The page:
My youngest sister, Mbali, will be a grown up soon- she is going to high school in a few months. I am quite excited for her; my parents will have one more stubborn human being to deal with and support as she endeavors with high school.
I am proud that she will be venturing into a make-or-break phase of her life, which five of her older siblings have gone through decades before her. I am also scared and worried for her. She is young, smart, ambitious, beautiful and tenacious. I know she will meet someone, fall in love and become secretive.
I am scared that she has to twist herself into shapes so that she can be accepted and she might become a square cube in a round hole.
I am scared that my little smart, ambitious, tenacious and gifted sister might be refused admission because she has dreadlocks. A lot of high schools in South Africa force students to cut their dreadlocks because they are “unacceptable”. Students are ridiculed and humiliated in front of other students and teachers because their hair is “dirty” and “untidy”. No one says anything about it. It is acceptable to do so.
It is argued that South African schools have transformed since the dawn of democracy but the “acceptable” hair for girls is tied-back pony tails with straightened hair and a bald head for boys.
We live in a country that wants to preserve its heritage but it embraces and adores institutional ideals that are rooted in apartheid tenets and the oppression of black men and women; and looks down on key things that make up our heritage- our identity and our culture; dreadlocks.
Our country adores students with blonde colored and straightened hair but looks down upon those who embody the black South African heritage by locking their hair. I am scared that she will constantly explain herself to her peers why at age eleven, she chose kinky and dreadlocked hair instead of continuing with saturating her hair with straighteners and hair line murderers. Above all, I am terribly worried that she will be surrounded by ponytail hair looking people and classify them as beautiful and forget that she too, is beautiful in her non-extended hair and black skin.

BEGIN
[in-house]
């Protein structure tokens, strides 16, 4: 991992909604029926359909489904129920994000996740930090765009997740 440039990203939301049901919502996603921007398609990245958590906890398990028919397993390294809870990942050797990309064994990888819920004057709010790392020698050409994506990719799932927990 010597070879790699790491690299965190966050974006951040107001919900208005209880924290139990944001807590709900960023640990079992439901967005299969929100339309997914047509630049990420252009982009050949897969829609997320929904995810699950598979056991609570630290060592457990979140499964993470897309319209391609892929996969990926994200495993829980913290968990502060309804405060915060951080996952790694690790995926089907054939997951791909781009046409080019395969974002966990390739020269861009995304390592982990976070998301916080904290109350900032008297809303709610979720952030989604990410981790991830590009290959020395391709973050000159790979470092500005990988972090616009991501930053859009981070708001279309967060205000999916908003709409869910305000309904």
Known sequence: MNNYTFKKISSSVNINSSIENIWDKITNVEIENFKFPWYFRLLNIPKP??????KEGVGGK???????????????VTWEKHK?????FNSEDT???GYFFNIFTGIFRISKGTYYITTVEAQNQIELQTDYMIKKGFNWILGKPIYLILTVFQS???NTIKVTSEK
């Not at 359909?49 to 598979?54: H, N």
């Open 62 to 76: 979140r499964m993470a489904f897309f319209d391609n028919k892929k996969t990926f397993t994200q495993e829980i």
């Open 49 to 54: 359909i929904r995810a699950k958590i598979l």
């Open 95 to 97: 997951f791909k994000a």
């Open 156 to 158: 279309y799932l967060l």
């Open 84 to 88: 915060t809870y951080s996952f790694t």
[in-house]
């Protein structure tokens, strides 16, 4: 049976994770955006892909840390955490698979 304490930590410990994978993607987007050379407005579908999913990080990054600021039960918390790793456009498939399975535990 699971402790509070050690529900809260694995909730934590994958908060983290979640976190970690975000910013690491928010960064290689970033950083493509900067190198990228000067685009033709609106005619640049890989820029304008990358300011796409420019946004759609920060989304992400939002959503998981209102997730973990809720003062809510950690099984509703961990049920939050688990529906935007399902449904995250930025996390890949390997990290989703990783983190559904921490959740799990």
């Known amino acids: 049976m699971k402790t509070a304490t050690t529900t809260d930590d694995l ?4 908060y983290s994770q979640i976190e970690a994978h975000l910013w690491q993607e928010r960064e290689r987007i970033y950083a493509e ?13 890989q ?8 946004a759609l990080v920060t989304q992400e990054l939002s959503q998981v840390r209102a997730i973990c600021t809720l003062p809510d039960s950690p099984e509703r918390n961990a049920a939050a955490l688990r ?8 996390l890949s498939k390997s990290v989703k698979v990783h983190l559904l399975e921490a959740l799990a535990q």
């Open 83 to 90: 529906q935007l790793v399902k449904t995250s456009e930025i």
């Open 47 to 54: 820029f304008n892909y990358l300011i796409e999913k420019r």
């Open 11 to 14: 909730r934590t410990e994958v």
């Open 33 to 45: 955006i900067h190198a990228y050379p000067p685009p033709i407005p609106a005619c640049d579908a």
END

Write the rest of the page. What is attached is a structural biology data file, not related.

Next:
It is worrisome that the black people have been made to forget their heritage and even ridicule those who choose to embrace it. It frightening that the ignorance of our identity is likened with transformation and progress yet we lose who we truly are. It is worrying that a country that so desires the emancipation of a black people does not allow us to feel liberated in our own skin.
I do not blame the teachers who will force Mbali to cut her hair. In all honesty, I feel bad for them. I feel bad that they have allowed white supremacy to creep into their institution and overlook the black identity. I feel exceptionally awful and worried for them because they are fueling a vehicle that has distorted, disfigured and destroyed their identity as a people.
If dreadlocks are “dirty” and “untidy”, then so are the black people and our culture. Should we keep quiet and not act whilst such creeps into [our] institutions?